Bank-to-Bank Reimbursement, Outsourcing of Global Treasury and FX Trades are initiatives designed to add value to their correspondent banks and their customers and for increasing revenue whilst managing costs.

Some of the other initiatives that the individual banks had to move into are Consolidated Payment Capabilities, Integrated Treasury Workstation, Centralized Disbursement, Pooling of Services, Payroll, Petty cash and Transportation pending Some of the Information Technology initiatives that resulted in banks coming up with e-Enabled Trade Data Warehouses, Electronic Commercial Trade Documents, Online Integrated Reporting, Transaction Initiation Investments and Inquiries, Electronic Invoice Presentation and Payment, Online Document Image Archiving and Retrieval


Bolero

Bolero was founded in 1998, with significant backing from the bank community and from the global logistics industry. Bolero was created as a neutral, trusted third party to develop a comprehensive set of standards that would remove the barriers to global, cross-enterprise business.

Bolero implements and enforces these standards in an open platform to enable paperless trading between buyers, sellers, logistics, banks, agencies and customs anywhere in the world, delivering transaction visibility, predictability, speed, accuracy and security.

Building on this platform, Bolero delivers applications that enable the merging of the physical and Financial Supply Chains, allowing companies to fundamentally re-engineer the way that business is done and take advantage of electronic trading.

Customers and their trade partners are rapidly deploying Bolero solutions delivering significant reductions in cost and working capital, increased visibility and improvements in operating efficiency.


Bolero Financial Supply Chain Solutions

Bolero, with the cross-industry representation and significant community expertise of founding shareholders were founded to build a platform, which conformed to their fundamental pre-requisites, providing a unique and substantive technology to underpin electronic trade. They primarily cater to corporate Importers and Exporters and the integration of their trade activity with the two communities on which their trade processes are dependant are highly interrelated. On one side the Freight Forwarders and the broader logistics service providers; and on the other, Banks and other Financial Institutions. They deal in the global world where there are a number of customs, industry and particularly in Asia, regional trade community platforms, introducing aspects of paperless trade to the global Physical and Financial Supply Chain. Bolero has been designed to integrate with these emerging platforms as well as providing incremental steps of value to these inter-related communities.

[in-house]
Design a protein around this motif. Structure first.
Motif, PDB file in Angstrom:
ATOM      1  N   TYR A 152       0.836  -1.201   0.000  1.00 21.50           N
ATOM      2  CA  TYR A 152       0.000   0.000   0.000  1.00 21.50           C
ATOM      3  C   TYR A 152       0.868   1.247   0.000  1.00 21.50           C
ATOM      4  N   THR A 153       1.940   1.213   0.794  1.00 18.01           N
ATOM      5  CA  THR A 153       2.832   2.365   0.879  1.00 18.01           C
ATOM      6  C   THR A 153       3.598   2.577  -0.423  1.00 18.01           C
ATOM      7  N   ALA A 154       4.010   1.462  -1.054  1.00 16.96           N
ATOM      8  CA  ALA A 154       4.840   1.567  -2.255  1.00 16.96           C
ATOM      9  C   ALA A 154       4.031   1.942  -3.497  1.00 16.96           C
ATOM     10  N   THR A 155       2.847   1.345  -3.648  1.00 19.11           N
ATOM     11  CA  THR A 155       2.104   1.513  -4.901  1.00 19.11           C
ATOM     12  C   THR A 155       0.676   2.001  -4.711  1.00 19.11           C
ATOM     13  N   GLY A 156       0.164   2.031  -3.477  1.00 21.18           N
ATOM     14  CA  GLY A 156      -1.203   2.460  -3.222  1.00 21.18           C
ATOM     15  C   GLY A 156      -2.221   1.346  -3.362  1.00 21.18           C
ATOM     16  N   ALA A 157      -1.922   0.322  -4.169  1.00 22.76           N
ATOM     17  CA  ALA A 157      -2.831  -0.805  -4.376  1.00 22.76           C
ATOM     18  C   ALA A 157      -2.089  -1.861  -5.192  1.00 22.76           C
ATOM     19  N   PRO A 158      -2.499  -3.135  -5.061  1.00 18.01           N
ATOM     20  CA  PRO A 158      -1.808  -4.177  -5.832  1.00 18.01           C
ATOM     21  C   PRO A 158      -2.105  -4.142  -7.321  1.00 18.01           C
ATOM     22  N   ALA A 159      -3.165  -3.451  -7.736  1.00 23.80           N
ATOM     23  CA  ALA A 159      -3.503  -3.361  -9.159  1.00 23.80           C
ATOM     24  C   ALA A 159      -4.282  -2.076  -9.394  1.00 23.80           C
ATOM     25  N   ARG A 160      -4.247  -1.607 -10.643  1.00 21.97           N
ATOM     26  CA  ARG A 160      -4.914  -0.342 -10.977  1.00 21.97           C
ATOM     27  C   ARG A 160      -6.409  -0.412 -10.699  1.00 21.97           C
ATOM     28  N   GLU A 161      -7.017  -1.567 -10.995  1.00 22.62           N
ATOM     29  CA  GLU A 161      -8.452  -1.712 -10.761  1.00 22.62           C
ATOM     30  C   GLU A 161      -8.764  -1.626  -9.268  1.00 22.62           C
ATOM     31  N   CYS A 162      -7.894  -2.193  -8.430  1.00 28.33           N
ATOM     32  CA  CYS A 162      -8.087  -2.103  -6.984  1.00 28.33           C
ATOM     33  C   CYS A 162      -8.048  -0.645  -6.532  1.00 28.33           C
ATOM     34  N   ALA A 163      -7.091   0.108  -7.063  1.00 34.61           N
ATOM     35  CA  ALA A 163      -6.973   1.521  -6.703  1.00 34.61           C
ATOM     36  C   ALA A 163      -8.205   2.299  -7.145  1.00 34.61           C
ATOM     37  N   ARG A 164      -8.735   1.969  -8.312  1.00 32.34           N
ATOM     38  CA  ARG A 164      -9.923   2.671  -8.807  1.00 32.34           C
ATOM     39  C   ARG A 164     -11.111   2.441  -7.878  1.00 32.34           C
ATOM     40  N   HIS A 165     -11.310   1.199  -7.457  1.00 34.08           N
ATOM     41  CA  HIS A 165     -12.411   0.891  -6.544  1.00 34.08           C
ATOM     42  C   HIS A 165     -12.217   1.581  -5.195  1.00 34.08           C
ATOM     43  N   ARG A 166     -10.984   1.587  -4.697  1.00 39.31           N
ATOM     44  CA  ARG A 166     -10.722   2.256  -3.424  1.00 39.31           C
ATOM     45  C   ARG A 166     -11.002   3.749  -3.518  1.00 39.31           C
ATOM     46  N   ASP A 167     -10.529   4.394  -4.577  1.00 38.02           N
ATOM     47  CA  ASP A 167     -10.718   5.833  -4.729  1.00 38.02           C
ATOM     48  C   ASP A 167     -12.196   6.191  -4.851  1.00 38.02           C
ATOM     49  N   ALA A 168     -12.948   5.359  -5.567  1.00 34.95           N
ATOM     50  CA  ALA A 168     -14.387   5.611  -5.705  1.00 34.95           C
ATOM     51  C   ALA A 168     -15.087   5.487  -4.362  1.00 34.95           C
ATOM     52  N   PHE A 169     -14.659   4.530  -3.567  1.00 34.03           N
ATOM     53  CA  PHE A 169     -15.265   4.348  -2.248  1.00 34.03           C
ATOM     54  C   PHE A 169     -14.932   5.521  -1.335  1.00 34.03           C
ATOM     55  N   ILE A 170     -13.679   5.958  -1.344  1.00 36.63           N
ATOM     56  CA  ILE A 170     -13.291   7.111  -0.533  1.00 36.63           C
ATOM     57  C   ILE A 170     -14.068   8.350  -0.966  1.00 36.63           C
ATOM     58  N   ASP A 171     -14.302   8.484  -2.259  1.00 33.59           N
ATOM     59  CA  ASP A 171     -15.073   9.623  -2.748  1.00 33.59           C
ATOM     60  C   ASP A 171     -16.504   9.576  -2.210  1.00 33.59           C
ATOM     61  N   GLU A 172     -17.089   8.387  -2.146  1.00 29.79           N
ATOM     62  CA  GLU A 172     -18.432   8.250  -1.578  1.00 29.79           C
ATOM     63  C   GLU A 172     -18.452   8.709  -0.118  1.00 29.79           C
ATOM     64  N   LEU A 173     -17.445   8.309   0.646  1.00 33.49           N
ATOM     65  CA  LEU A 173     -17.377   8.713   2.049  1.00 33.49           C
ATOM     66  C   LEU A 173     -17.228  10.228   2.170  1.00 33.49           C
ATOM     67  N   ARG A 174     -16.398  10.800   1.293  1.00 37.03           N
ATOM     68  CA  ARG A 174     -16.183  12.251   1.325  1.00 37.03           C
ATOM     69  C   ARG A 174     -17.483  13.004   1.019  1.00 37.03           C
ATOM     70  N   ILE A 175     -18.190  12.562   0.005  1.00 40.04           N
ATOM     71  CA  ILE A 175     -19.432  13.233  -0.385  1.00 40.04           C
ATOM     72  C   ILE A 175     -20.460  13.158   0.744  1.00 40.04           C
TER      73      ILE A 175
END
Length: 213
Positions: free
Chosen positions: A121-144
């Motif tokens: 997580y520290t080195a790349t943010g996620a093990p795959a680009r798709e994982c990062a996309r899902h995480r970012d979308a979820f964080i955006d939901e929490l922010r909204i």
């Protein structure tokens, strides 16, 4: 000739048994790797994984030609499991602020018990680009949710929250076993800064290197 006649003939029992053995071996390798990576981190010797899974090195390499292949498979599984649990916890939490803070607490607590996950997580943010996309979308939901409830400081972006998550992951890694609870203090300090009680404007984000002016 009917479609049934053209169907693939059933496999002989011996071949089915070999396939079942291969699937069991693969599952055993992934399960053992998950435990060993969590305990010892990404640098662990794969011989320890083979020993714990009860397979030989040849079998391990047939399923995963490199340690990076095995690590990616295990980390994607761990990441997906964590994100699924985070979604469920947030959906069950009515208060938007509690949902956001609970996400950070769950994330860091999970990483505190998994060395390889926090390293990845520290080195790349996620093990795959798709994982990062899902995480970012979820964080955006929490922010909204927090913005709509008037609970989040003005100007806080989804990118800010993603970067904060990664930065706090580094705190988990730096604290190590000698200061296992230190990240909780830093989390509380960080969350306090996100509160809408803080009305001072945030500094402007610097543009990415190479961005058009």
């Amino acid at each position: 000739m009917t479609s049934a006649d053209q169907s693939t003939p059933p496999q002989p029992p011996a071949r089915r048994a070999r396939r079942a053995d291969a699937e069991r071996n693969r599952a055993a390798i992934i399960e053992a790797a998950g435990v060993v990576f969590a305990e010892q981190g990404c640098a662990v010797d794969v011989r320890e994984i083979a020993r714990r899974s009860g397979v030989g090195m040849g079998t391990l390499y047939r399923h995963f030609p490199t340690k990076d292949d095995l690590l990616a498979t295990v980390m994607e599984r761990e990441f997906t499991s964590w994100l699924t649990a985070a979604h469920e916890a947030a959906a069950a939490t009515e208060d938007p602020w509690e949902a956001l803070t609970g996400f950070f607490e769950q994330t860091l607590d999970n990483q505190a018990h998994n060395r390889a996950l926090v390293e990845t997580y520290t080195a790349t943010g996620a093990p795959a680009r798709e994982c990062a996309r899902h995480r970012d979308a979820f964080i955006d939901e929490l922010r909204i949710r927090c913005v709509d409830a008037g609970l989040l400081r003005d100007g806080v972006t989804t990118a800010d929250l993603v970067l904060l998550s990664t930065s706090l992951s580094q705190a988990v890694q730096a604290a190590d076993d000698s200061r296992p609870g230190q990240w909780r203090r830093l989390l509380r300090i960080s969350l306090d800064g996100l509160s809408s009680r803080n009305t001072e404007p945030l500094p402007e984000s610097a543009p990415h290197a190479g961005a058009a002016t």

The bolero solutions consist of the Bolero Trusted Trade Platform, which is the core investment and infrastructure underpinning all Bolero services, the Bolero Open Account Suite and the Bolero Documentary Credit Suite. The entry-level component of the credit Suite is Bolero-Advise, which provides multi-bank electronic Letter of Credit Advise capability.


Bankers’ Overview of Bolero

For many Banks, the traditional trade services business faces challenges while significant new opportunities have begun to rise. Trade finance volumes are flat, traditional paper-based processes offer no great economies of scale, and Banks are faced with the continual need to improve their trade transaction margins. At the same time, both Importer and Exporter Banks are seeing an increased risk of disintermediation as some of their customers move towards Open Account banking.

Clearly there’s an imperative for Banks to develop new credit, risk and transaction revenue streams to address this challenge. However, the concerns and issues that this causes, aren’t necessarily the same for different Bank functions. So it’s important to look at how evolving International Trade pressures can impact them.

   For banking Relationship Managers, the goals are fairly clear – growing business with current clients, winning new business and developing the revenue potential from each corporate relationship. To date, open account banking has left Banks only handling transactions and payments, and that’s diluting the strength and value of many relationships.

   In the Payment Services business, bankers are looking to differentiate their services in a utility market, finding ways to increase margins in a commodity sector, while also addressing the challenge of domestic/EU cross-border payment charge alignment.

   With Risk and Credit solutions, bankers are searching for ways to acquire more ‘good’ business from its best customers at the expense of the competition. At the same time the focus is on ways to deepen lending margins and reduce the engagement costs associated with setting up and maintaining a loan portfolio.